GSA Annual Meeting in Indianapolis, Indiana, USA - 2018

Paper No. 24-4
Presentation Time: 9:00 AM-5:30 PM


BALASH, Alex1, HOLMES, Isiah1, BURKE, Michelle2 and KREKELER, Mark P.S.1, (1)Geology & Environmental Earth Sciences, Miami University Hamilton, 1601 University Blvd, Hamilton, OH 45011, (2)Dept. of Geology and Environmental Earth Sciences, Miami University, Shideler Hall, 250 S. Patterson Ave, Oxford, OH 45056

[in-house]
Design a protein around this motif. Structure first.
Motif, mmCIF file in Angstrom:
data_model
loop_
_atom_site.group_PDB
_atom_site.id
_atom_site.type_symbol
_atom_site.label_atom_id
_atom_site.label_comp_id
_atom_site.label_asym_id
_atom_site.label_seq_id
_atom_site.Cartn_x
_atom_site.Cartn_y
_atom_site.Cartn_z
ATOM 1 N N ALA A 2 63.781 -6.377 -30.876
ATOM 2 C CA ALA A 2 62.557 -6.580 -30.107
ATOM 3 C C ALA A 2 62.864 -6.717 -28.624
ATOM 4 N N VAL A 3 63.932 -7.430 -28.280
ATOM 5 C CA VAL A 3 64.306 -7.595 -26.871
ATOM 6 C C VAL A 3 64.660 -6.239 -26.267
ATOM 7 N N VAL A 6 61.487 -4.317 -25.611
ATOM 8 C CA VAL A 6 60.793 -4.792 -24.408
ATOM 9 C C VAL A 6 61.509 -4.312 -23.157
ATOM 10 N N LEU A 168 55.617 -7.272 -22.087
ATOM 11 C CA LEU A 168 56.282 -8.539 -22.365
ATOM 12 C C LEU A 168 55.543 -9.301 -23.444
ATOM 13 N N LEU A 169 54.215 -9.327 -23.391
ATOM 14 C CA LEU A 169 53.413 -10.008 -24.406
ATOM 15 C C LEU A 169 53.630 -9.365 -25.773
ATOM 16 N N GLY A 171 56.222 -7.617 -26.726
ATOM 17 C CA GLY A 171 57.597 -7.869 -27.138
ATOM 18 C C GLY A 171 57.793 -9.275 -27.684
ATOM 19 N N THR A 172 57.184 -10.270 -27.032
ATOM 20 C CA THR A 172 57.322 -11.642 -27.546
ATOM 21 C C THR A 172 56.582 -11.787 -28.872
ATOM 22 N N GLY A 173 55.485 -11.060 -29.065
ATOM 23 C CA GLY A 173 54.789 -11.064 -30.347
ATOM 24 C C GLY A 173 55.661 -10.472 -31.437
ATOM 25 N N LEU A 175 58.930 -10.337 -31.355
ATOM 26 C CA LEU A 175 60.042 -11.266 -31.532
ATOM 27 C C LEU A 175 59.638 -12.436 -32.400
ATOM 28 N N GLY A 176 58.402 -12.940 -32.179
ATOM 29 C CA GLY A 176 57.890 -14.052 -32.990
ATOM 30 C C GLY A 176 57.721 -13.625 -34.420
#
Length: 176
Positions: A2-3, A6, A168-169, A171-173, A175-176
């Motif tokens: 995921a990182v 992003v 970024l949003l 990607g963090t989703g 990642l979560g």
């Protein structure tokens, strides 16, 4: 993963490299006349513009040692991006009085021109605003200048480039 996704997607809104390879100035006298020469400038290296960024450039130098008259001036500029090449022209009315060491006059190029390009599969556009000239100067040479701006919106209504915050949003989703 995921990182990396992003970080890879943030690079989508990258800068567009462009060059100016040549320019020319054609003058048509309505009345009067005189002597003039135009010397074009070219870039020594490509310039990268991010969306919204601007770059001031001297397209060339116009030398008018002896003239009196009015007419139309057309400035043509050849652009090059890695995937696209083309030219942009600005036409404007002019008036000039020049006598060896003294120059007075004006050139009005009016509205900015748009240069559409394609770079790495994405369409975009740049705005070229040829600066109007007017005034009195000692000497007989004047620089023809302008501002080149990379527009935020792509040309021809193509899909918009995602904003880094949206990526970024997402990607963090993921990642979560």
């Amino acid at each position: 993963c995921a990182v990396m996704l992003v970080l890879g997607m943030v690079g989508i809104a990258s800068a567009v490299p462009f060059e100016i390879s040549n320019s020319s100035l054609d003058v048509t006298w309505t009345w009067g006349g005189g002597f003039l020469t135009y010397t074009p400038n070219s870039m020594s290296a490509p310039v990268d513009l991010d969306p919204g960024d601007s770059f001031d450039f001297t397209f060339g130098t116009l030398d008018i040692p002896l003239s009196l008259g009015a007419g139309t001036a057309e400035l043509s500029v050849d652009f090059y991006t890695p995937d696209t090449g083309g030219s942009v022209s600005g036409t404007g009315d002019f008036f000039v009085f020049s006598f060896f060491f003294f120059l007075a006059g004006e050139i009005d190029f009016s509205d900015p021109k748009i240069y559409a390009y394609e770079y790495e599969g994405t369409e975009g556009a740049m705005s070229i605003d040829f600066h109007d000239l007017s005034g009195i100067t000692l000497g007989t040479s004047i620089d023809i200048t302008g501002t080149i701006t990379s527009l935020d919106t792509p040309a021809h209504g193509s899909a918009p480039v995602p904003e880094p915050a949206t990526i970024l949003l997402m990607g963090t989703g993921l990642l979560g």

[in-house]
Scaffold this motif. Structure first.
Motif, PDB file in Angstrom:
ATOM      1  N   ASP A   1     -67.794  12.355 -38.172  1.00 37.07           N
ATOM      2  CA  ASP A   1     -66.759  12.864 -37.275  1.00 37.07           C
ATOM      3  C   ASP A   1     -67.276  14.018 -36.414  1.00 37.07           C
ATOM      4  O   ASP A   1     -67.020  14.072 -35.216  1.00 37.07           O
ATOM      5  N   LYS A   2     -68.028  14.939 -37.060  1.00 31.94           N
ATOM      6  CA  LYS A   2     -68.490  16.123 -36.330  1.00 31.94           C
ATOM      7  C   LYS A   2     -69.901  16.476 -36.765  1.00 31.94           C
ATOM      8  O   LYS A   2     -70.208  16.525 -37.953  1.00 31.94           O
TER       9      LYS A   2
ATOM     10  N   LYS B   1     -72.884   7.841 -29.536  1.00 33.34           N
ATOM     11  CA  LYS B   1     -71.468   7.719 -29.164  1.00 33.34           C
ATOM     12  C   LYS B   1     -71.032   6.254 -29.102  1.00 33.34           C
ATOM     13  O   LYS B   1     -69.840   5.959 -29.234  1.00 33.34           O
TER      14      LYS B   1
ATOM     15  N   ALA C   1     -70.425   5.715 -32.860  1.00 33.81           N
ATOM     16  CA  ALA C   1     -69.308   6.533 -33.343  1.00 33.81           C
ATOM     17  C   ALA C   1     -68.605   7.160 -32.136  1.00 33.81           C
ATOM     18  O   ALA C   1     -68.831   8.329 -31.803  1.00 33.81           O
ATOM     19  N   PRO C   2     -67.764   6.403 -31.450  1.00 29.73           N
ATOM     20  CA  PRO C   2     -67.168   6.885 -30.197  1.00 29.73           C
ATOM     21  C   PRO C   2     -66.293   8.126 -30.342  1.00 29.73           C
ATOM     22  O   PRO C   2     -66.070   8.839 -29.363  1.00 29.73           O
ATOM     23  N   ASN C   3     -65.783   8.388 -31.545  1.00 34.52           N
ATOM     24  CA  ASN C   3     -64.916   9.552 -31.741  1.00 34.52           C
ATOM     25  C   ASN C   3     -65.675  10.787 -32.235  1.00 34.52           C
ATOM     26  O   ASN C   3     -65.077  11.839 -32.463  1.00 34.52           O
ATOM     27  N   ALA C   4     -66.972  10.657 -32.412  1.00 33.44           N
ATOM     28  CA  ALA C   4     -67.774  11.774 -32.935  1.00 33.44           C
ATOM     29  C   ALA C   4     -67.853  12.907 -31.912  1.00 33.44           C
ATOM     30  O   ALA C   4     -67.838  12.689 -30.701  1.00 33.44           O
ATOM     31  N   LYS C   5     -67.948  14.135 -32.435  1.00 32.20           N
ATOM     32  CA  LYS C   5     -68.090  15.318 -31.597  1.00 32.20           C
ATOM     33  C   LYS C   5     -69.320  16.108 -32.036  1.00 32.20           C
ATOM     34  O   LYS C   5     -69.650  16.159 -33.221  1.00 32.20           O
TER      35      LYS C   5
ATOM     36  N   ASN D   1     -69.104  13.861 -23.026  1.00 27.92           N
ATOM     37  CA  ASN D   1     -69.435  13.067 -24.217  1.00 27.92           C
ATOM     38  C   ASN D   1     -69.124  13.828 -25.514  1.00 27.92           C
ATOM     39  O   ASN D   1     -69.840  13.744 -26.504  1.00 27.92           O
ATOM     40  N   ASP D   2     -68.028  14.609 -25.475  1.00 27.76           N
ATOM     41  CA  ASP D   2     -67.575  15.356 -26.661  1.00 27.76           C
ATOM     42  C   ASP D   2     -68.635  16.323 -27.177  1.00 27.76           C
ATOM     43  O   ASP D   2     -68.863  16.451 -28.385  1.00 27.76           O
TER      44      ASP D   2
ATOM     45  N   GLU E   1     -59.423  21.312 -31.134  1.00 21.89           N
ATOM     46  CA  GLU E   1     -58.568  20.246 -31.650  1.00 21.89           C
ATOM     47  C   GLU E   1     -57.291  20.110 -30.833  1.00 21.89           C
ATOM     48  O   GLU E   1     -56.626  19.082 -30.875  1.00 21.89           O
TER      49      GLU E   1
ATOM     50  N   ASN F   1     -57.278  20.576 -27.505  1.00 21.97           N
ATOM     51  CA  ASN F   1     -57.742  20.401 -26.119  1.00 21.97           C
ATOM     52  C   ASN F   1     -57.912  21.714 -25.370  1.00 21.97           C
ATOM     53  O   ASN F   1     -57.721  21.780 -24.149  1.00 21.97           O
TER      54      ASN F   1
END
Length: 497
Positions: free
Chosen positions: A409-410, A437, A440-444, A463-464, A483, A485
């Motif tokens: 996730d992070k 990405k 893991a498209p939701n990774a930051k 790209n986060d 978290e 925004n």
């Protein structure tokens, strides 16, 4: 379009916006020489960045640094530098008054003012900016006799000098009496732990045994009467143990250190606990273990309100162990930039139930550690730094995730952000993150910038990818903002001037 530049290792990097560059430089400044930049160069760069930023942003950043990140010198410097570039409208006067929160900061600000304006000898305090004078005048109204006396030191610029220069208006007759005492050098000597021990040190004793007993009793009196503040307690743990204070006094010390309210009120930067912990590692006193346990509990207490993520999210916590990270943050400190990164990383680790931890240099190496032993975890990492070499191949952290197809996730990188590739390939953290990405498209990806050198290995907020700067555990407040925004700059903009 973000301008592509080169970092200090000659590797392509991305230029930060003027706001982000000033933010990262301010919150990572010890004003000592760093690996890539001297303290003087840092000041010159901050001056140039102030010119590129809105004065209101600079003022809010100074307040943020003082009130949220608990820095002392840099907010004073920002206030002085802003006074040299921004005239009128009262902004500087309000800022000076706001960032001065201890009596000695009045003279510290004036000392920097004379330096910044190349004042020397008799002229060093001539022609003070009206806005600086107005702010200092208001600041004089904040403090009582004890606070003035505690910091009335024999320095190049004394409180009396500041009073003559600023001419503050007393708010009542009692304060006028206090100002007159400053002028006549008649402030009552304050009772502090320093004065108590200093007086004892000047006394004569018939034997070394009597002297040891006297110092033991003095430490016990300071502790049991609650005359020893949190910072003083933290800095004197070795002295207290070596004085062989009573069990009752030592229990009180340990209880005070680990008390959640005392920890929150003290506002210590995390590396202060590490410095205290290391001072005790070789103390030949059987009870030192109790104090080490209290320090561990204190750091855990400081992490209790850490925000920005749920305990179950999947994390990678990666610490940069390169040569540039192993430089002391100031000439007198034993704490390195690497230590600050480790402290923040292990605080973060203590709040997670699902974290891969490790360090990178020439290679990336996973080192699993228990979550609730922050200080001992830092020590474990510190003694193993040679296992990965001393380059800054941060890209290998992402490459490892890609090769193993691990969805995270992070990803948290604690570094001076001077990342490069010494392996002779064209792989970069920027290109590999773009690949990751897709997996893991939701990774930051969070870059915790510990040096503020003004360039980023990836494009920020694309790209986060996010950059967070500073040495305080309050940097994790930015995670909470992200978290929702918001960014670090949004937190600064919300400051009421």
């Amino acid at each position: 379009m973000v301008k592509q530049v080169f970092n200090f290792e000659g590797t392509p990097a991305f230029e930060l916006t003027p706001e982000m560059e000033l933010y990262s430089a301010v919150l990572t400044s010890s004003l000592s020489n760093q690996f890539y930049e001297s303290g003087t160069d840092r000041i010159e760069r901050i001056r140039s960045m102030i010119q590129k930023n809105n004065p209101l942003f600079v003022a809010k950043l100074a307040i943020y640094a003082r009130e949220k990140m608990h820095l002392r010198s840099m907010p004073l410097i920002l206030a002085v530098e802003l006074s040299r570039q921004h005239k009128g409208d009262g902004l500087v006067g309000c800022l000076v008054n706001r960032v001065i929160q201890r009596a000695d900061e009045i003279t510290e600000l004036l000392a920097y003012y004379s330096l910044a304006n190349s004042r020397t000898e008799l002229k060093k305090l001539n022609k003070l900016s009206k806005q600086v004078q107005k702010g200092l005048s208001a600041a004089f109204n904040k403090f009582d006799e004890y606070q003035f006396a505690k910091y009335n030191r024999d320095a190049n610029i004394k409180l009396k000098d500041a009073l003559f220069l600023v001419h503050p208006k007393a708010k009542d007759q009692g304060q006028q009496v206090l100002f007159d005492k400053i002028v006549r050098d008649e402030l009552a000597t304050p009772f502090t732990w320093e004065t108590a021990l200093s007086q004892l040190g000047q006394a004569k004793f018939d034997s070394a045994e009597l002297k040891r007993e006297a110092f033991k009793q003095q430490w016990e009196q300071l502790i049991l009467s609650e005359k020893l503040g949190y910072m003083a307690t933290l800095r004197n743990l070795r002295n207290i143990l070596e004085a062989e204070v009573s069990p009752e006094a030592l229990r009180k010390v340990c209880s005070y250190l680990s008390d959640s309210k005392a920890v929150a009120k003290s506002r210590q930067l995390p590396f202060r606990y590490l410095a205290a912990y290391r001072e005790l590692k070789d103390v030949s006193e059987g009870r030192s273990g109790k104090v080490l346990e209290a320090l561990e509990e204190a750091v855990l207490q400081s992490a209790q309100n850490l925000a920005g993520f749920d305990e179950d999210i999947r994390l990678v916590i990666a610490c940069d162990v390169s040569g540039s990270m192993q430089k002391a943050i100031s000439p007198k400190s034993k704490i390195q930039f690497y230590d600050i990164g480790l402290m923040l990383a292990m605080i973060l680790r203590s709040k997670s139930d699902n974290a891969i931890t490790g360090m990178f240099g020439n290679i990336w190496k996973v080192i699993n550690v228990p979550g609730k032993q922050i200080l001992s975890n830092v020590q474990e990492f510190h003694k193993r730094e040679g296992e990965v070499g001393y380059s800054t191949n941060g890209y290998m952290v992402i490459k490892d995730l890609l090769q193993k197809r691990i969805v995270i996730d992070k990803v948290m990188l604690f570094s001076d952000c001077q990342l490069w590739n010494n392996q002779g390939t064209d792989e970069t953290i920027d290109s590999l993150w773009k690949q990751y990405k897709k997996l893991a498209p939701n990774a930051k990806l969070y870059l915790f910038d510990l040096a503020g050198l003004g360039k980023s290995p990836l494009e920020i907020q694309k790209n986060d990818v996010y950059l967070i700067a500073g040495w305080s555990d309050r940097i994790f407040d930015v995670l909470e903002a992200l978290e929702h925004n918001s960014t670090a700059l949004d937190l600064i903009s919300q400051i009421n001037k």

The intersection of geology and forensic science has grown significantly in several areas of study. One area that is emerging is the use of hyperspectral imaging and reflective spectroscopy to investigate crime scenes both in the context of unmanned air systems and hand held devices. Human blood is a major material that is found in violent crime scenes in both indoor environments and outdoor environments. Indoor environments have extensive geologic materials in the form of minerals such as calcite and titanium oxides used paints, as well as geologic materials such as granite countertops, slate tile and marble. Soils are more likely to be the geologic materials associated with blood in outdoor environments and can be very diverse in nature. Thus indoor and outdoor environments consist of complex mixtures of geologic materials from which human blood needs to be spectrally distinguished. For this investigation reflective spectra of human blood was investigated on clothing and geologic materials and aged over a period of several weeks to determine the nature of variation in spectra. This was done to estimate age relationships. In addition, spectral data from both clothing and geologic substrates that have been covered with substances that can be mistaken for blood, referred to as confuser materials, were investigated to see how close they match human blood. Various different types of clothing and geological samples were collected along with 19 different “confuser” substances that could be mistaken for blood in situations where blood could be involved. Blood has several distinct features and could be observed on several geologic and clothing substrates. Complexities arise, or are expected in distinguishing blood on hematite-rich soils and other red backgrounds with high organic and water content. Results generally show promise for developing age estimations, however the biological or ecological nature of substrates, temperature variation, and intensity of solar lamination, are variables that need to be explored in detail in future work.